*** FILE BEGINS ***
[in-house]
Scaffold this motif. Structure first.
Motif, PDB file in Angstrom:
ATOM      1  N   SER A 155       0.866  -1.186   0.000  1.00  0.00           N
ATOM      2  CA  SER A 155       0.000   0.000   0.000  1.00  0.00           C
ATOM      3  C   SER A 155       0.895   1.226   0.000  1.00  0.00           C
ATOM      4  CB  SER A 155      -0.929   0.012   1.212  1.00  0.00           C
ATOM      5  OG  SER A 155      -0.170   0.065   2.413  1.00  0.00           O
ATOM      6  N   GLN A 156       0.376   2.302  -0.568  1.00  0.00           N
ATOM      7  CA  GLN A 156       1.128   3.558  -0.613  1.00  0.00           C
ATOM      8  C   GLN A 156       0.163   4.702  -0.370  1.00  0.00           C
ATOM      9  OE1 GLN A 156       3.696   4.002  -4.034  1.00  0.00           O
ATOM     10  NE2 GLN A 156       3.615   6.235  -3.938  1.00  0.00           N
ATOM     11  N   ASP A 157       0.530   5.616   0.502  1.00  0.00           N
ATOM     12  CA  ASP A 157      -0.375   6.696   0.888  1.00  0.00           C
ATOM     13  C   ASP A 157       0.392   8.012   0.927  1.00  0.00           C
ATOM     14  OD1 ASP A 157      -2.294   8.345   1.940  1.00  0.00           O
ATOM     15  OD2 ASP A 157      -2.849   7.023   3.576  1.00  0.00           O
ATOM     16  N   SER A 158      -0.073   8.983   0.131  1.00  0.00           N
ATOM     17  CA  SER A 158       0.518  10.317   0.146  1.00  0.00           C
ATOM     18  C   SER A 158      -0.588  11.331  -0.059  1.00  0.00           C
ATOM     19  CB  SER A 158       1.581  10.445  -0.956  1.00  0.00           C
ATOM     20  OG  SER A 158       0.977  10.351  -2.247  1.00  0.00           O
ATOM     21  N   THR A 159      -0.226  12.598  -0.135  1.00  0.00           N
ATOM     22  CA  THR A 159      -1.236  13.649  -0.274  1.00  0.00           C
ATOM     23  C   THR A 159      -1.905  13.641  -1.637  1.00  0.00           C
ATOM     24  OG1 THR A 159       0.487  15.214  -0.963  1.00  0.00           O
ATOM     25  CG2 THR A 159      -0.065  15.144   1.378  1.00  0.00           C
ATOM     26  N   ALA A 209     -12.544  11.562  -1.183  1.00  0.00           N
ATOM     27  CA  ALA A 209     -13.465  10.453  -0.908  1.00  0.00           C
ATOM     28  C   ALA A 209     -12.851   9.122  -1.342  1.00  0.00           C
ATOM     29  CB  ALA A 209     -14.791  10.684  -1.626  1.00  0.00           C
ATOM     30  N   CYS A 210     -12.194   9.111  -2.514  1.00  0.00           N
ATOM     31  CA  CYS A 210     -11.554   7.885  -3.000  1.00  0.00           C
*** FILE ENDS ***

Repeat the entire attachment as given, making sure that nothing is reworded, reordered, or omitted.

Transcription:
[in-house]
Scaffold this motif. Structure first.
Motif, PDB file in Angstrom:
ATOM      1  N   SER A 155       0.866  -1.186   0.000  1.00  0.00           N
ATOM      2  CA  SER A 155       0.000   0.000   0.000  1.00  0.00           C
ATOM      3  C   SER A 155       0.895   1.226   0.000  1.00  0.00           C
ATOM      4  CB  SER A 155      -0.929   0.012   1.212  1.00  0.00           C
ATOM      5  OG  SER A 155      -0.170   0.065   2.413  1.00  0.00           O
ATOM      6  N   GLN A 156       0.376   2.302  -0.568  1.00  0.00           N
ATOM      7  CA  GLN A 156       1.128   3.558  -0.613  1.00  0.00           C
ATOM      8  C   GLN A 156       0.163   4.702  -0.370  1.00  0.00           C
ATOM      9  OE1 GLN A 156       3.696   4.002  -4.034  1.00  0.00           O
ATOM     10  NE2 GLN A 156       3.615   6.235  -3.938  1.00  0.00           N
ATOM     11  N   ASP A 157       0.530   5.616   0.502  1.00  0.00           N
ATOM     12  CA  ASP A 157      -0.375   6.696   0.888  1.00  0.00           C
ATOM     13  C   ASP A 157       0.392   8.012   0.927  1.00  0.00           C
ATOM     14  OD1 ASP A 157      -2.294   8.345   1.940  1.00  0.00           O
ATOM     15  OD2 ASP A 157      -2.849   7.023   3.576  1.00  0.00           O
ATOM     16  N   SER A 158      -0.073   8.983   0.131  1.00  0.00           N
ATOM     17  CA  SER A 158       0.518  10.317   0.146  1.00  0.00           C
ATOM     18  C   SER A 158      -0.588  11.331  -0.059  1.00  0.00           C
ATOM     19  CB  SER A 158       1.581  10.445  -0.956  1.00  0.00           C
ATOM     20  OG  SER A 158       0.977  10.351  -2.247  1.00  0.00           O
ATOM     21  N   THR A 159      -0.226  12.598  -0.135  1.00  0.00           N
ATOM     22  CA  THR A 159      -1.236  13.649  -0.274  1.00  0.00           C
ATOM     23  C   THR A 159      -1.905  13.641  -1.637  1.00  0.00           C
ATOM     24  OG1 THR A 159       0.487  15.214  -0.963  1.00  0.00           O
ATOM     25  CG2 THR A 159      -0.065  15.144   1.378  1.00  0.00           C
ATOM     26  N   ALA A 209     -12.544  11.562  -1.183  1.00  0.00           N
ATOM     27  CA  ALA A 209     -13.465  10.453  -0.908  1.00  0.00           C
ATOM     28  C   ALA A 209     -12.851   9.122  -1.342  1.00  0.00           C
ATOM     29  CB  ALA A 209     -14.791  10.684  -1.626  1.00  0.00           C
ATOM     30  N   CYS A 210     -12.194   9.111  -2.514  1.00  0.00           N
ATOM     31  CA  CYS A 210     -11.554   7.885  -3.000  1.00  0.00           C